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Kit Kat in Japan Replacing Plastic Packaging With Origami

So innovative.

Nestle recently pledged to convert to reusable and recyclable plastic only by 2025 but has already gone further with their newest packaging designs in Japan. Instead of being wrapped in plastic, the company’s beloved chocolate Kit Kat bars will be stored in origami paper.  

The idea is that each packet is given a pattern and a guide on how to transform the waste into the cute and classical crane origami figure. The DIY crafting makes Nestle’s Kit Kats something more than just a sweet treat by adding an interactive aspect to the product-consumer relation. On top of that, the underlying idea is that the paper waste will be in use for a longer time and that consumers may be given more time and opportunity to reflect upon their own waste consumption.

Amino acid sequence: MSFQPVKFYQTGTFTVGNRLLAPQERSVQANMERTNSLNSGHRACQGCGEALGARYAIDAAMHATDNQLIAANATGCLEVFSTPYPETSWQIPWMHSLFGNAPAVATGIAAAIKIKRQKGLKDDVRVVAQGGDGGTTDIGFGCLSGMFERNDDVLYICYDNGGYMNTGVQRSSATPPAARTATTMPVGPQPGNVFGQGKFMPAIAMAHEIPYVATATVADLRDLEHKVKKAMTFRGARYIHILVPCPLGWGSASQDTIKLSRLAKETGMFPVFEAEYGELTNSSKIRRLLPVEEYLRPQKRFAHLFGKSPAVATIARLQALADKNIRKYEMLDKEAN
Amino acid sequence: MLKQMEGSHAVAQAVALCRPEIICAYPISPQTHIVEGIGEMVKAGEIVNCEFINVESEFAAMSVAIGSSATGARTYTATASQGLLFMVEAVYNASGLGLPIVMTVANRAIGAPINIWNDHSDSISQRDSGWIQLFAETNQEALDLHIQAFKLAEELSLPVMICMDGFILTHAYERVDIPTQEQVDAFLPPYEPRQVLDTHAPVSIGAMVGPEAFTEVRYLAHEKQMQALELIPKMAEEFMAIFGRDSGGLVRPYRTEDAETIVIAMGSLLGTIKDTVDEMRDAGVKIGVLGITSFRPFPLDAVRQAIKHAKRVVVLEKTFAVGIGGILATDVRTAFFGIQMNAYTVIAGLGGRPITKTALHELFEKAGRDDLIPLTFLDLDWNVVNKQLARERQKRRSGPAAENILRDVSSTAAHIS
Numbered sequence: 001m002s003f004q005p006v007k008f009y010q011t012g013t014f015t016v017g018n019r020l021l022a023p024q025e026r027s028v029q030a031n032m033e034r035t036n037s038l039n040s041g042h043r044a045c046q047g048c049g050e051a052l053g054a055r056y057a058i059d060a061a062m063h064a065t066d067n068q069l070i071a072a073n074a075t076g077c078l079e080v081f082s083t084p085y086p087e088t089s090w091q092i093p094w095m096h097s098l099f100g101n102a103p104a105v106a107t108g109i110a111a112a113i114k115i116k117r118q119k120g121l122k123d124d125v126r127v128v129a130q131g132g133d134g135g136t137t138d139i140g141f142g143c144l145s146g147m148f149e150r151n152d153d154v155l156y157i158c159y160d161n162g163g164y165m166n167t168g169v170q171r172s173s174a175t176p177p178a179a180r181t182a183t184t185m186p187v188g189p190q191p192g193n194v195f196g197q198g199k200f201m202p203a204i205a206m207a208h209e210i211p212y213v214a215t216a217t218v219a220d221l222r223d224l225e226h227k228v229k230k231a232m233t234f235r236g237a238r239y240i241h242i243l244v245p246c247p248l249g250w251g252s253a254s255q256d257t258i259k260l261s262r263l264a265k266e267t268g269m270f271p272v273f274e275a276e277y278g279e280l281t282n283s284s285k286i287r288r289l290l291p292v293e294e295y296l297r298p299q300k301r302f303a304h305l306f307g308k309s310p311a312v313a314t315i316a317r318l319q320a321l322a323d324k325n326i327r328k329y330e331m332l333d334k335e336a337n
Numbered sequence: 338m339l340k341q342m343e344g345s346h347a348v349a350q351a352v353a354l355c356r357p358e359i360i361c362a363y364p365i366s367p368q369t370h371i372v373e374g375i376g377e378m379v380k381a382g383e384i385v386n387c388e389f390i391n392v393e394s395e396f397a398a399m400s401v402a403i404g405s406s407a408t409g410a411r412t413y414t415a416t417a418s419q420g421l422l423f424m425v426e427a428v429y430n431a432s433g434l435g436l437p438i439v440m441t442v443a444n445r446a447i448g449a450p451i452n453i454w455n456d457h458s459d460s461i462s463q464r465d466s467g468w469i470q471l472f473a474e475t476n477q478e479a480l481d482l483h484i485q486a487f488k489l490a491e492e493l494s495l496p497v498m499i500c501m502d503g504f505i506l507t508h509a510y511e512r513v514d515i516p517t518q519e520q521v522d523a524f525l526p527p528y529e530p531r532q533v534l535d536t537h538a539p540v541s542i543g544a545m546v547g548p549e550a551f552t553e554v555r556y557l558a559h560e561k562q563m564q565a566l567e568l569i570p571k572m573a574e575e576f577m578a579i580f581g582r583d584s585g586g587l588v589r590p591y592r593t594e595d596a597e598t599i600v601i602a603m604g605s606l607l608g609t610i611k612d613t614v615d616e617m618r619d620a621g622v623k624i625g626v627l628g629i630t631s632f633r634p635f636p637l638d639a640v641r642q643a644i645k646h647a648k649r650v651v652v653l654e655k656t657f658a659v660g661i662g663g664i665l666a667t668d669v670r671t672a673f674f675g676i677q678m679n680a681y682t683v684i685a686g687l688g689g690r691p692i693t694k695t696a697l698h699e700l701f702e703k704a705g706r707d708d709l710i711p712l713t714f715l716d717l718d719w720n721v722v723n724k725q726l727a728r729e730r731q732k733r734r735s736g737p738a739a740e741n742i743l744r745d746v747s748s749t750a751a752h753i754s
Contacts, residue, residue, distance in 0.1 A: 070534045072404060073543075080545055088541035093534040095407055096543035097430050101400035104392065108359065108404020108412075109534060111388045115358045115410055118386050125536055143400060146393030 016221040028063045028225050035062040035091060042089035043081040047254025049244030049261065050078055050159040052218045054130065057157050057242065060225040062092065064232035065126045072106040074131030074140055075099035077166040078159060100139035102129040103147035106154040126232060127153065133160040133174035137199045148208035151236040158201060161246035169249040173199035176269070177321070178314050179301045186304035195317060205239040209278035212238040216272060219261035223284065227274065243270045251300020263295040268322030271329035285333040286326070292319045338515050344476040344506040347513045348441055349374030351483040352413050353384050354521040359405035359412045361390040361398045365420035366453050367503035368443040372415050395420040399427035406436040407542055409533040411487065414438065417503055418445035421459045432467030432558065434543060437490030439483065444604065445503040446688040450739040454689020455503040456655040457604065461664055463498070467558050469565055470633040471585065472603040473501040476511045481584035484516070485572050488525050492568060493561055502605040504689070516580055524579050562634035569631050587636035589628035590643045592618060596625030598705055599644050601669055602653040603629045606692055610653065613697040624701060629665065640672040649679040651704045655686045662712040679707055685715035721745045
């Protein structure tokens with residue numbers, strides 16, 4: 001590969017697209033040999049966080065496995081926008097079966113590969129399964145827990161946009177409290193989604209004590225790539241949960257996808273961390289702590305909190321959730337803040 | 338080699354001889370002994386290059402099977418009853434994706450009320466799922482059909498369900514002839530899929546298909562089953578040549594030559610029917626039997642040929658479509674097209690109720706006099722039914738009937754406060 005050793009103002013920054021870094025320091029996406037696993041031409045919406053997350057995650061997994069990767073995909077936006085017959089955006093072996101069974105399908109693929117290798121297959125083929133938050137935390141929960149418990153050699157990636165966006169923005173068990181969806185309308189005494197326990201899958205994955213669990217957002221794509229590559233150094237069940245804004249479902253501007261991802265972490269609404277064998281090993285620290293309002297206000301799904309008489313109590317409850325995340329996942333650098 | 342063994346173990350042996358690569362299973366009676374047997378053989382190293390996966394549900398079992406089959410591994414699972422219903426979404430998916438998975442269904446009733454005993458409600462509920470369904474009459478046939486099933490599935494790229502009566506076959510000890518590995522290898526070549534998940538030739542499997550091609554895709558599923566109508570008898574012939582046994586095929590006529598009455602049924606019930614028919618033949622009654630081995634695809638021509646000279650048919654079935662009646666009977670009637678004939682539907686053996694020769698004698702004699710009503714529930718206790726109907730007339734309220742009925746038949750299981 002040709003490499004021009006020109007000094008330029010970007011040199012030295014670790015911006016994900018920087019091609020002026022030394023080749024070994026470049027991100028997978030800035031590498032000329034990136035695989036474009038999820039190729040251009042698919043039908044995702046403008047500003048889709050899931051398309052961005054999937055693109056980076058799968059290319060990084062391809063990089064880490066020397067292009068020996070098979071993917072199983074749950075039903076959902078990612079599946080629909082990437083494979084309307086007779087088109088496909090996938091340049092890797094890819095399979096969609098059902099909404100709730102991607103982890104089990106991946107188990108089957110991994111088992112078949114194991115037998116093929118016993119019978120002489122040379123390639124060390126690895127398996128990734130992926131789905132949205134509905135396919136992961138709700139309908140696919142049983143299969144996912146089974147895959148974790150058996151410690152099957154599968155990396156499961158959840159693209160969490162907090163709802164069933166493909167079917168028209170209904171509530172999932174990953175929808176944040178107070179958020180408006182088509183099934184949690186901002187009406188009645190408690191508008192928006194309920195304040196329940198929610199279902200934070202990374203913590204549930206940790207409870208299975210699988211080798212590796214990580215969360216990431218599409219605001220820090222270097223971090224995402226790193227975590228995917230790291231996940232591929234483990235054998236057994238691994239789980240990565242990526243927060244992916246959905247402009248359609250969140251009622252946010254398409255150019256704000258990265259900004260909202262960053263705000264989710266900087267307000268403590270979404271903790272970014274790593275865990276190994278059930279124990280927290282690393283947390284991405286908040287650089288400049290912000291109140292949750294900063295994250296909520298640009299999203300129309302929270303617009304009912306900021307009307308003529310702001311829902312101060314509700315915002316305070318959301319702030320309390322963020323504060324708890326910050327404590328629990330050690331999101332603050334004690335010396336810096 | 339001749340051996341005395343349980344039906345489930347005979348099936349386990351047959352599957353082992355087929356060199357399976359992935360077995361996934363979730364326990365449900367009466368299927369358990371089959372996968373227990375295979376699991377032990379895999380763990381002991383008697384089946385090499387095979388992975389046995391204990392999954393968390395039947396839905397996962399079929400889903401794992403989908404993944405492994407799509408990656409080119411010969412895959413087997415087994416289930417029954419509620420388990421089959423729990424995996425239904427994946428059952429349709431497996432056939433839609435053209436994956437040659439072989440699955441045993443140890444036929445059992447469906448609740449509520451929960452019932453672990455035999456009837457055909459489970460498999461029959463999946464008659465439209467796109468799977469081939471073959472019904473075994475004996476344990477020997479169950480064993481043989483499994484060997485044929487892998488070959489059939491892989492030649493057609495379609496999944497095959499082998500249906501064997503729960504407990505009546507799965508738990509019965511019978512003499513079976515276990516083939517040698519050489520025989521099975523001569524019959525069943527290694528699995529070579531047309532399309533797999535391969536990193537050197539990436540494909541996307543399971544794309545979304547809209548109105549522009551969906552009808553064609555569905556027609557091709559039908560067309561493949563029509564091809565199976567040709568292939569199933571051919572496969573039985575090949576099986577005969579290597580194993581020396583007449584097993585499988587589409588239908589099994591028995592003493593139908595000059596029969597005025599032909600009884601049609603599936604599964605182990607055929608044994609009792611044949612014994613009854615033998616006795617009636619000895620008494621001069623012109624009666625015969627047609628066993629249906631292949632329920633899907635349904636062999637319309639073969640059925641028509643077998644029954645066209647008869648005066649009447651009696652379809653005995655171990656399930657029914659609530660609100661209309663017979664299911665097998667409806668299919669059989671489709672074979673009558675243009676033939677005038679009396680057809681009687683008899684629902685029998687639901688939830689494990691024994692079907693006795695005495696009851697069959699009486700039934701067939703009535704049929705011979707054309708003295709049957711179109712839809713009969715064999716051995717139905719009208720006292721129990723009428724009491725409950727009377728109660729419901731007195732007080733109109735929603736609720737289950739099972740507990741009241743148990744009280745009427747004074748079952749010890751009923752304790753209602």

@Nestle Japan 

Though seemingly trivial in the fight for waste reduction, the Fast Company news site forecasts that this change will decrease the corporation’s annual plastic consumption by a staggering 380 tonnes.  

The environmentally friendly packaging will enter the Japanese market later this month and will feature the country’s most beloved Kit Kat Mini flavours including the original milk chocolate, matcha green tea, and the otona-no-amasa , or “sweetness for adults”, a bitter chocolate flavour.  

Not stopping at the mini packets, Kit Kat Japan has already announced a debut of paper packaging for their normal-sized multi-packs as well as individual Kit Kat bars in between September and next year. 

Nestle’s efforts confirm that consumer-orientation and creativity in innovation is key to a sustainable future within the retail industry.  

Read more about environmental efforts in retail with this article about UK Supermarkets Eliminating Black Plastic

Featured image: @Nestle Japan 

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